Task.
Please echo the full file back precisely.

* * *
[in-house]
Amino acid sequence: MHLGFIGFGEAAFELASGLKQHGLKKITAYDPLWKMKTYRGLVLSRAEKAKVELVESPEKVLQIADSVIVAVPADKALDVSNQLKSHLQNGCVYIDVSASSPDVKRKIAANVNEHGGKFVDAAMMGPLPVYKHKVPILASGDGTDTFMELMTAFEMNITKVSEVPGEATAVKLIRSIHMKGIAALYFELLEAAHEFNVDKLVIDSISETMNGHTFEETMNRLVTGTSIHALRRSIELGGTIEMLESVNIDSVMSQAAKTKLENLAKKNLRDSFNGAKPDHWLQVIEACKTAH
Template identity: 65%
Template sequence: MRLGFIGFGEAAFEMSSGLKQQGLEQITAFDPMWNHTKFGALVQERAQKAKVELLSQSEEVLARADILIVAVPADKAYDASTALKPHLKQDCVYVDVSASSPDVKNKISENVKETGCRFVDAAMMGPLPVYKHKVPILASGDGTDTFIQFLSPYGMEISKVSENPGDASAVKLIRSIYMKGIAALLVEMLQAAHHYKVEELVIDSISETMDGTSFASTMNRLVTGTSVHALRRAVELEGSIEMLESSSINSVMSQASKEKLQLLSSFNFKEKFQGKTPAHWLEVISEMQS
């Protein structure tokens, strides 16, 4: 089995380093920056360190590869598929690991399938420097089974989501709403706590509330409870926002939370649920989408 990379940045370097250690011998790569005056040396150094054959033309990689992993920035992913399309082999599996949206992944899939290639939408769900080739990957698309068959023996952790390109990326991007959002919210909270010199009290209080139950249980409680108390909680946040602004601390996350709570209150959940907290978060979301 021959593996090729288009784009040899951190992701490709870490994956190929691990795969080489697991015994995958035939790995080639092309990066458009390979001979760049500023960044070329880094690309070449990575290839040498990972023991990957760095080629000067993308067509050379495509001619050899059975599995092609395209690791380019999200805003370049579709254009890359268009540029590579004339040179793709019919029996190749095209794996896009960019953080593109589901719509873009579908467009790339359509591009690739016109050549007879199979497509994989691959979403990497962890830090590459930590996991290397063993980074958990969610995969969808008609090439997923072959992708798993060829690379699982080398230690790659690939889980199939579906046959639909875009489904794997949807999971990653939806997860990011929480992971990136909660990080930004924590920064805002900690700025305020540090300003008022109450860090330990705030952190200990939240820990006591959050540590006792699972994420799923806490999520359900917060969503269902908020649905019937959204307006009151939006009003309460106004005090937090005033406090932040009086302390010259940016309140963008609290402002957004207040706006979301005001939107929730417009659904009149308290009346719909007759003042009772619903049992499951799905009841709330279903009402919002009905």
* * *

[in-house]
Amino acid sequence: MHLGFIGFGEAAFELASGLKQHGLKKITAYDPLWKMKTYRGLVLSRAEKAKVELVESPEKVLQIADSVIVAVPADKALDVSNQLKSHLQNGCVYIDVSASSPDVKRKIAANVNEHGGKFVDAAMMGPLPVYKHKVPILASGDGTDTFMELMTAFEMNITKVSEVPGEATAVKLIRSIHMKGIAALYFELLEAAHEFNVDKLVIDSISETMNGHTFEETMNRLVTGTSIHALRRSIELGGTIEMLESVNIDSVMSQAAKTKLENLAKKNLRDSFNGAKPDHWLQVIEACKTAH
Template identity: 65%
Template sequence: MRLGFIGFGEAAFEMSSGLKQQGLEQITAFDPMWNHTKFGALVQERAQKAKVELLSQSEEVLARADILIVAVPADKAYDASTALKPHLKQDCVYVDVSASSPDVKNKISENVKETGCRFVDAAMMGPLPVYKHKVPILASGDGTDTFIQFLSPYGMEISKVSENPGDASAVKLIRSIYMKGIAALLVEMLQAAHHYKVEELVIDSISETMDGTSFASTMNRLVTGTSVHALRRAVELEGSIEMLESSSINSVMSQASKEKLQLLSSFNFKEKFQGKTPAHWLEVISEMQS
């Protein structure tokens, strides 16, 4: 089995380093920056360190590869598929690991399938420097089974989501709403706590509330409870926002939370649920989408 990379940045370097250690011998790569005056040396150094054959033309990689992993920035992913399309082999599996949206992944899939290639939408769900080739990957698309068959023996952790390109990326991007959002919210909270010199009290209080139950249980409680108390909680946040602004601390996350709570209150959940907290978060979301 021959593996090729288009784009040899951190992701490709870490994956190929691990795969080489697991015994995958035939790995080639092309990066458009390979001979760049500023960044070329880094690309070449990575290839040498990972023991990957760095080629000067993308067509050379495509001619050899059975599995092609395209690791380019999200805003370049579709254009890359268009540029590579004339040179793709019919029996190749095209794996896009960019953080593109589901719509873009579908467009790339359509591009690739016109050549007879199979497509994989691959979403990497962890830090590459930590996991290397063993980074958990969610995969969808008609090439997923072959992708798993060829690379699982080398230690790659690939889980199939579906046959639909875009489904794997949807999971990653939806997860990011929480992971990136909660990080930004924590920064805002900690700025305020540090300003008022109450860090330990705030952190200990939240820990006591959050540590006792699972994420799923806490999520359900917060969503269902908020649905019937959204307006009151939006009003309460106004005090937090005033406090932040009086302390010259940016309140963008609290402002957004207040706006979301005001939107929730417009659904009149308290009346719909007759003042009772619903049992499951799905009841709330279903009402919002009905």